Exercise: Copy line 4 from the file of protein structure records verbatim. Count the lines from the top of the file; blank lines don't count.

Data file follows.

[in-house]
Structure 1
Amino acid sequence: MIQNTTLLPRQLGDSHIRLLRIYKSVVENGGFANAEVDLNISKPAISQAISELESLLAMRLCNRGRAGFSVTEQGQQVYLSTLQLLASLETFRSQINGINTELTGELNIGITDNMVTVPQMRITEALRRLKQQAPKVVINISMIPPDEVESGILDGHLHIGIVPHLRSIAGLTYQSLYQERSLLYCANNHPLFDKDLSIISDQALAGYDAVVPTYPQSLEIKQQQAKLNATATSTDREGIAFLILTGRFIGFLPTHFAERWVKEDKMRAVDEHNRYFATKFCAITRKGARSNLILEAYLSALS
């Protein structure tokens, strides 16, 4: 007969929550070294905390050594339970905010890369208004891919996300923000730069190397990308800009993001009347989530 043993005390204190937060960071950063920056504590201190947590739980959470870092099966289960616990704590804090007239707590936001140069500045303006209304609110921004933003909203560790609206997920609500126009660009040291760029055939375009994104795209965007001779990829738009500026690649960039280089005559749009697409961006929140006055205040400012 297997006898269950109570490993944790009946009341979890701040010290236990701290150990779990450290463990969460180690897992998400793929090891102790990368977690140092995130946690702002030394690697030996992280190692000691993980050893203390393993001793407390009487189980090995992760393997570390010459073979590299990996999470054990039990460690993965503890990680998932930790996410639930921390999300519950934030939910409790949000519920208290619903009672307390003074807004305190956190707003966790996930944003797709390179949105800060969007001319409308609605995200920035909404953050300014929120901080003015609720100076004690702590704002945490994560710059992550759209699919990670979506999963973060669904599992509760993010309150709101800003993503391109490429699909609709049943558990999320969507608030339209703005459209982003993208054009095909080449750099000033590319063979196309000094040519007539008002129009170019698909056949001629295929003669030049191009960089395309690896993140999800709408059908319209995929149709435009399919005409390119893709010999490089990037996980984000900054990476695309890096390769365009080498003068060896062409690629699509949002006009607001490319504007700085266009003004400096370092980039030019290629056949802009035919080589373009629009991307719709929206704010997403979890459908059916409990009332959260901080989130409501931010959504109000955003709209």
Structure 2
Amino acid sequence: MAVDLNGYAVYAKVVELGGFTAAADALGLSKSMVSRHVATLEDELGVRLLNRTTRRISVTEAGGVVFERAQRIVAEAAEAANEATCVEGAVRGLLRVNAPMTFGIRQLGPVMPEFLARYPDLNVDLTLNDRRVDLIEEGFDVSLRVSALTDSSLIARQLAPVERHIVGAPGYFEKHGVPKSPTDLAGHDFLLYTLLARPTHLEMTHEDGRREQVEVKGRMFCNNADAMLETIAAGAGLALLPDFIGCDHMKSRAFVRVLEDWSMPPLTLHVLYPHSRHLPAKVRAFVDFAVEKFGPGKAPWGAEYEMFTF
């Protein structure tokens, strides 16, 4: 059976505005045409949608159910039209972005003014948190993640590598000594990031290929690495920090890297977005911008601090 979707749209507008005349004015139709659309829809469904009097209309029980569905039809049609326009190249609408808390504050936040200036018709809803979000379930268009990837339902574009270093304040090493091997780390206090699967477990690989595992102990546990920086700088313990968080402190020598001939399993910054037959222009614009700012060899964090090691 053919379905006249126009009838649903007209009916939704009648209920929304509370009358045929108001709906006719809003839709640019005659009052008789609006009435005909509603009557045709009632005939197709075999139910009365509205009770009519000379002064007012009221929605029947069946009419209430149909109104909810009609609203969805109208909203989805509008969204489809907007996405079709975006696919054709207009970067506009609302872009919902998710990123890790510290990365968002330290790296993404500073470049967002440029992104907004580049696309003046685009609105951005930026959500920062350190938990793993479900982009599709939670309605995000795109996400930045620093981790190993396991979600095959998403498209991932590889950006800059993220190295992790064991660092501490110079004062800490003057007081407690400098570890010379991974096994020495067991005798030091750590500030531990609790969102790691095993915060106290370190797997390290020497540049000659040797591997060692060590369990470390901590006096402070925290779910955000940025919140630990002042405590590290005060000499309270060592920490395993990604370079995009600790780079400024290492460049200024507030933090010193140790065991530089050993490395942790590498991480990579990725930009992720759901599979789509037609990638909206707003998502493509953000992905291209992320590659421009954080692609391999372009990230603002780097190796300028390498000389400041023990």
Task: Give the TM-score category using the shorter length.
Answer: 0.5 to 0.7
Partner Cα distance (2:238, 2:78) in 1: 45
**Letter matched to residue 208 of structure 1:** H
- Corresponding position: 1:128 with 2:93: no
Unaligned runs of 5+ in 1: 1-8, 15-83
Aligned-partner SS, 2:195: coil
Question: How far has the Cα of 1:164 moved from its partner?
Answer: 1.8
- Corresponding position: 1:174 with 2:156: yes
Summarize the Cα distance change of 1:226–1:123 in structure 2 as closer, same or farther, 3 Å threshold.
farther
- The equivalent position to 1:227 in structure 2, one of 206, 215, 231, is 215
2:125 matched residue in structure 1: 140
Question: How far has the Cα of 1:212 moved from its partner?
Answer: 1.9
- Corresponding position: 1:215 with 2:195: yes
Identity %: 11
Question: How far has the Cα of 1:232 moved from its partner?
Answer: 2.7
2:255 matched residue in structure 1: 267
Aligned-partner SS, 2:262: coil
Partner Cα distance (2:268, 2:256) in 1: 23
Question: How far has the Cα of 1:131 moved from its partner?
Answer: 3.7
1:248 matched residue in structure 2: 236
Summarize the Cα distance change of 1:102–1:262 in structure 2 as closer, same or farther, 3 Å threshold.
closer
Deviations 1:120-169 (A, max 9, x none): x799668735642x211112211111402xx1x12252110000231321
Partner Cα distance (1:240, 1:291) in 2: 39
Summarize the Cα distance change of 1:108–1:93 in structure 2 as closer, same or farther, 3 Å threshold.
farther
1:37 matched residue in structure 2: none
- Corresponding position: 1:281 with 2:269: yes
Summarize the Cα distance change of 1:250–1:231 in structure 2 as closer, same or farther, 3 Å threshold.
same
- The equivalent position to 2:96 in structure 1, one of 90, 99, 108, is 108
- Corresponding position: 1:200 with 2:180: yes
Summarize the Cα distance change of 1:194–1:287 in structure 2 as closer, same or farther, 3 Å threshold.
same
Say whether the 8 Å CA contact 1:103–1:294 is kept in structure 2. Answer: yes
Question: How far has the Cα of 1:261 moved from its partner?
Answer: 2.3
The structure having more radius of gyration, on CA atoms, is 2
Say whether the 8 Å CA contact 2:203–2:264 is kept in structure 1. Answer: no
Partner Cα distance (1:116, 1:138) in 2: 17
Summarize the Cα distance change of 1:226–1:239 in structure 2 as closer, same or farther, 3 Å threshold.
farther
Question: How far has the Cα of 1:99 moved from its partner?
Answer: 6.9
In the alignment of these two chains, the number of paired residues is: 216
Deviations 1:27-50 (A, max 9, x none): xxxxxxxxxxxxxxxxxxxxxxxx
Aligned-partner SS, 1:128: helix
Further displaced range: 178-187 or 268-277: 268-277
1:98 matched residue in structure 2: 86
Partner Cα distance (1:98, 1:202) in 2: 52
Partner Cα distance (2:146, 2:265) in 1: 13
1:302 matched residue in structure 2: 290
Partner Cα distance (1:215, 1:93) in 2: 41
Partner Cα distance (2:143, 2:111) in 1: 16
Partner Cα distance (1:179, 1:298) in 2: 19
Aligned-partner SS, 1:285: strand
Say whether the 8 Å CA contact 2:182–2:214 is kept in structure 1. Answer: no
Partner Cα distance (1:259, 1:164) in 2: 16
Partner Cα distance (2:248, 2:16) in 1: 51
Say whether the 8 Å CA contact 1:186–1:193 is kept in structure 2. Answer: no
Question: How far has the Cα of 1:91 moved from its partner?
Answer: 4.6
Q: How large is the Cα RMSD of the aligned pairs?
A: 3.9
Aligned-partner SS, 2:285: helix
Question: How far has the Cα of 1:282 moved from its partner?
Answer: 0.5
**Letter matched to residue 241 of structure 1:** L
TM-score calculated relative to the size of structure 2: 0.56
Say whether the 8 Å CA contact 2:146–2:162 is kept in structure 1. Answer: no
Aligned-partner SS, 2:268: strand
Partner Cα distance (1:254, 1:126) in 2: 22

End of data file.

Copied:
């Protein structure tokens, strides 16, 4: 007969929550070294905390050594339970905010890369208004891919996300923000730069190397990308800009993001009347989530 043993005390204190937060960071950063920056504590201190947590739980959470870092099966289960616990704590804090007239707590936001140069500045303006209304609110921004933003909203560790609206997920609500126009660009040291760029055939375009994104795209965007001779990829738009500026690649960039280089005559749009697409961006929140006055205040400012 297997006898269950109570490993944790009946009341979890701040010290236990701290150990779990450290463990969460180690897992998400793929090891102790990368977690140092995130946690702002030394690697030996992280190692000691993980050893203390393993001793407390009487189980090995992760393997570390010459073979590299990996999470054990039990460690993965503890990680998932930790996410639930921390999300519950934030939910409790949000519920208290619903009672307390003074807004305190956190707003966790996930944003797709390179949105800060969007001319409308609605995200920035909404953050300014929120901080003015609720100076004690702590704002945490994560710059992550759209699919990670979506999963973060669904599992509760993010309150709101800003993503391109490429699909609709049943558990999320969507608030339209703005459209982003993208054009095909080449750099000033590319063979196309000094040519007539008002129009170019698909056949001629295929003669030049191009960089395309690896993140999800709408059908319209995929149709435009399919005409390119893709010999490089990037996980984000900054990476695309890096390769365009080498003068060896062409690629699509949002006009607001490319504007700085266009003004400096370092980039030019290629056949802009035919080589373009629009991307719709929206704010997403979890459908059916409990009332959260901080989130409501931010959504109000955003709209």